Sandy Hook Dad Responds to Texas School Shooting: 'Sadly, I Know the Unspeakable Pain'

Mark Barden, whose son Daniel died in the Sandy Hook Elementary School shooting, urges for "real, meaningful action" as the country mourns the 21 people killed in Uvalde, Texas, last week

Daniel and Mark Barden.

Editor's note: Mark Barden is co-founder and CEO of Sandy Hook Promise Action Fund and father of Daniel, one of 20 students killed in the mass shooting at Sandy Hook Elementary in 2012. In response to the mass shooting last week at Robb Elementary School in Uvalde, Texas, Barden wrote the following piece about the continued devastation from such violence — and how to prevent it from happening again.

On Tuesday, May 24, just before noon, the deadliest school shooting in nearly 10 years took the young lives of 19 Texas elementary school students — each one of them someone's beloved, precious child — and two of their teachers, one described endearingly as "the kind of teacher everybody loved." With that horrific event, yet another wave of grieving parents and families is in profound, unspeakable pain. My own broken heart aches for them because I know and have known that visceral pain since my sweet little Daniel was killed in the Sandy Hook Elementary School shooting.

Daniel was taken from us right before Christmas. When he left for school on December 14, 2012, our home was filled with holiday cheer and happiness. When we learned that our kind and gentle little boy was killed, our joy turned to unimaginable grief. It's the kind of pain and darkness that cannot be described with words.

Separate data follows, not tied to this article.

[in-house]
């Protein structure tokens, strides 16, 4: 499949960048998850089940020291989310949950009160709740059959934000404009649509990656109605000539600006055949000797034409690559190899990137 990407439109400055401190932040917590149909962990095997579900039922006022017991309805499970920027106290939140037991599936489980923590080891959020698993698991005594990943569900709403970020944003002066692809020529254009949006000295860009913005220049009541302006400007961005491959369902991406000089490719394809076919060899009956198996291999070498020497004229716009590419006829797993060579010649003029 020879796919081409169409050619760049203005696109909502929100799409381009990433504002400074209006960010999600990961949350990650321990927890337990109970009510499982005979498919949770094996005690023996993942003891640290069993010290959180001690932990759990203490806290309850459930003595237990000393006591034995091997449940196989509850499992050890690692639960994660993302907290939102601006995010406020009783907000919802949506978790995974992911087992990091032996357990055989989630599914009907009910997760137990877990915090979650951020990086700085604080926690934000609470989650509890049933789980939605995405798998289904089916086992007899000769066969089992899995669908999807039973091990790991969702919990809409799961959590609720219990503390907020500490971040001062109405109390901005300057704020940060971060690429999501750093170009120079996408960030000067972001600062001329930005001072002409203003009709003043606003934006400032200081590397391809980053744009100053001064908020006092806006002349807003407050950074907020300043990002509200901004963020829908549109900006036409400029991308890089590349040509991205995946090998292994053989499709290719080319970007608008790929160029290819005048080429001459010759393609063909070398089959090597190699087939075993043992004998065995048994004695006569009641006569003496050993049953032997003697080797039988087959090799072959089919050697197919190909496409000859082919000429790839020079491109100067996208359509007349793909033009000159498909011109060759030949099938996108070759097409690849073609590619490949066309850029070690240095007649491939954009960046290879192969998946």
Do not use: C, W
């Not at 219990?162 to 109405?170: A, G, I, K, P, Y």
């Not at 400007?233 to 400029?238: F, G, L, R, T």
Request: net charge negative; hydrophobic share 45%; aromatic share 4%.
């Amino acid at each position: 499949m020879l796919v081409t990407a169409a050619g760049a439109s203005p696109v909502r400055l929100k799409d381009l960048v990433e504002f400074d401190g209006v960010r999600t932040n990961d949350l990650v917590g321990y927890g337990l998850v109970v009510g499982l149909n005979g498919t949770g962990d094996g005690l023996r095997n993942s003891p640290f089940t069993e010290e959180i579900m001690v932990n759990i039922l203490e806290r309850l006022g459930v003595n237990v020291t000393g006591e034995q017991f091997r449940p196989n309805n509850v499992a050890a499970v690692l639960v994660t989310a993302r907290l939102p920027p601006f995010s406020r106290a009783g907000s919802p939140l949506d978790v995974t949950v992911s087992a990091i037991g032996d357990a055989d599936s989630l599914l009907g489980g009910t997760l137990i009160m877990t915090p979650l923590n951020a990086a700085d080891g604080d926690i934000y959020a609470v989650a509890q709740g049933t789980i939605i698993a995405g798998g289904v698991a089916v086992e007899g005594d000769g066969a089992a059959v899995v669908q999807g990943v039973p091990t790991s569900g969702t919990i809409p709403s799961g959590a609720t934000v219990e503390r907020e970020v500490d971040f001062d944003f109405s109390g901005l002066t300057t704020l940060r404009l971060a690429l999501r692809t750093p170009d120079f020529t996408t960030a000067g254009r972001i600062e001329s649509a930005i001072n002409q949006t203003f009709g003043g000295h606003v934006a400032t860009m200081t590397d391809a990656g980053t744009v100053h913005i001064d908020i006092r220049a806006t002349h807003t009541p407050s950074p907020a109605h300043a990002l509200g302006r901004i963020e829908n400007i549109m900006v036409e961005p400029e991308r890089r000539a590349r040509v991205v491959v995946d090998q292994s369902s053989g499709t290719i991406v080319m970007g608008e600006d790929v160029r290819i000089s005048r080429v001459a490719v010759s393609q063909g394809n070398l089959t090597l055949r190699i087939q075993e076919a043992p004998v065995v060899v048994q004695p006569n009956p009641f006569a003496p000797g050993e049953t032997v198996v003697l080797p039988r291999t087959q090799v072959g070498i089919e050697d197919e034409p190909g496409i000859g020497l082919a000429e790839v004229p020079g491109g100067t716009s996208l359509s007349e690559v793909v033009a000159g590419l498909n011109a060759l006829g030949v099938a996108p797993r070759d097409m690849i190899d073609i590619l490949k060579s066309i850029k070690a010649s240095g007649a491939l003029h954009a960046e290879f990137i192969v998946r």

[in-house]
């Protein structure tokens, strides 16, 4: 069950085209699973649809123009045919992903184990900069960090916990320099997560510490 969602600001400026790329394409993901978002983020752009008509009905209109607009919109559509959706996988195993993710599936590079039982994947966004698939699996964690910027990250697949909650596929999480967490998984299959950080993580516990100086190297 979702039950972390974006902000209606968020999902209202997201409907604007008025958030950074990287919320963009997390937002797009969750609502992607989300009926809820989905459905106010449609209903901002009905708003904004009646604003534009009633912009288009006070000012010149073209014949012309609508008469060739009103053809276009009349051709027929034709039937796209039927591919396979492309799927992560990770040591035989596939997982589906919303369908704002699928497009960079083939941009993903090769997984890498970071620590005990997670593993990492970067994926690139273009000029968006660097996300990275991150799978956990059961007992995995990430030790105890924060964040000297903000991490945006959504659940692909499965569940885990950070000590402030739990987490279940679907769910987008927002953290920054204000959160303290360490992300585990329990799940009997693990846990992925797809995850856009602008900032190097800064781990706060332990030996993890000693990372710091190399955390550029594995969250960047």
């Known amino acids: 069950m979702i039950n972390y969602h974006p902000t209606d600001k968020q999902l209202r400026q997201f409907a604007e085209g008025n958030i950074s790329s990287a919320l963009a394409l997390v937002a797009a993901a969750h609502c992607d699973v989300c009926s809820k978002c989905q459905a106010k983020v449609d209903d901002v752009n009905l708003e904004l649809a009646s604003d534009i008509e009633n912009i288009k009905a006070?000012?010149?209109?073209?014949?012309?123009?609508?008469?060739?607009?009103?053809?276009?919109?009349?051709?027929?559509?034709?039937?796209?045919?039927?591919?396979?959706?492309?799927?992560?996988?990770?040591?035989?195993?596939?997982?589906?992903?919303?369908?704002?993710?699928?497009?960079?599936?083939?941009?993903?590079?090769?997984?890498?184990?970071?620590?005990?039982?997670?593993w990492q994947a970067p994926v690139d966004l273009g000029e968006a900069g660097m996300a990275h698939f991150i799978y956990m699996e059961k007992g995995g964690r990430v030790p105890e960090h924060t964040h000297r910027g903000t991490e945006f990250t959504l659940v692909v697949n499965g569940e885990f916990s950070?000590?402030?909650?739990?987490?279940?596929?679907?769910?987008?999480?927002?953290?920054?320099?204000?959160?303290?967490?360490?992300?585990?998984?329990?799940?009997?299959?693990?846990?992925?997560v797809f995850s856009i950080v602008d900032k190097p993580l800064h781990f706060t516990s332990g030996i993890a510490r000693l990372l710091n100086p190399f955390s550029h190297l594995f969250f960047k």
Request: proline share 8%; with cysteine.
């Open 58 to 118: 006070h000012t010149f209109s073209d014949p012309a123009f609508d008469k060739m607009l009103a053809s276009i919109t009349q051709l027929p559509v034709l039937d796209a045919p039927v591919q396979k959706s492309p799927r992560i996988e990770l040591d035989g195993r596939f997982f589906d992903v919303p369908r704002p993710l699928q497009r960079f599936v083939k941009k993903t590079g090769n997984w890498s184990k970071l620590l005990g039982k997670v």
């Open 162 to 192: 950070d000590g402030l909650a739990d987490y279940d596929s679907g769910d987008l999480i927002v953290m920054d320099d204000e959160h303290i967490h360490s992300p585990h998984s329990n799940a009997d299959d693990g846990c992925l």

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I don't know any words to comfort someone in the hours and days after a child is murdered. I do know that my path to surviving the death of my son has been to honor him through my work. After his death, I made a promise to my sweet little Daniel that I would devote my own life to preventing gun violence so that no other parent would ever have to suffer such unspeakable pain.

I joined together with other families to found Sandy Hook Promise and together we have developed "Know the Signs" education programs and policies to prevent school shootings and gun violence. We can stop the scourge of gun violence by raising community awareness of warning signs that indicate that someone is at risk of harming themself or others and how to intervene. Lives could have been saved in Uvalde if someone had recognized the warning signs exhibited by the shooter and spoken up to get help.

Uvalde victims memorial
Memorial for the 21 victims of the Uvalde school shooting. Elaine Aradillas

We also need sensible gun safety policies, such as extreme risk protection orders, so that when we see warning signs in our loved ones, we can temporarily remove their firearms and connect them to support. And expanded background checks for every gun purchase can help keep firearms out of the hands of those who are prohibited from owning them. We can respect and uphold the second amendment while also protecting our children and communities.

Today, the country wants to comfort the parents of the children who never came home from Robb Elementary School. Our nation is genuinely aching for them, heartbroken by the horror of their children's murders. In the coming weeks and months, our national attention will wane — until the next mass shooting.

We know how to prevent tragedies like the Robb Elementary School shooting — but only if we come together right now to turn the anger and heartbreak of this moment into real, meaningful action. The best way to honor the lives of the children who have been violently taken from us is to act now and not stop until we end this epidemic of violence.

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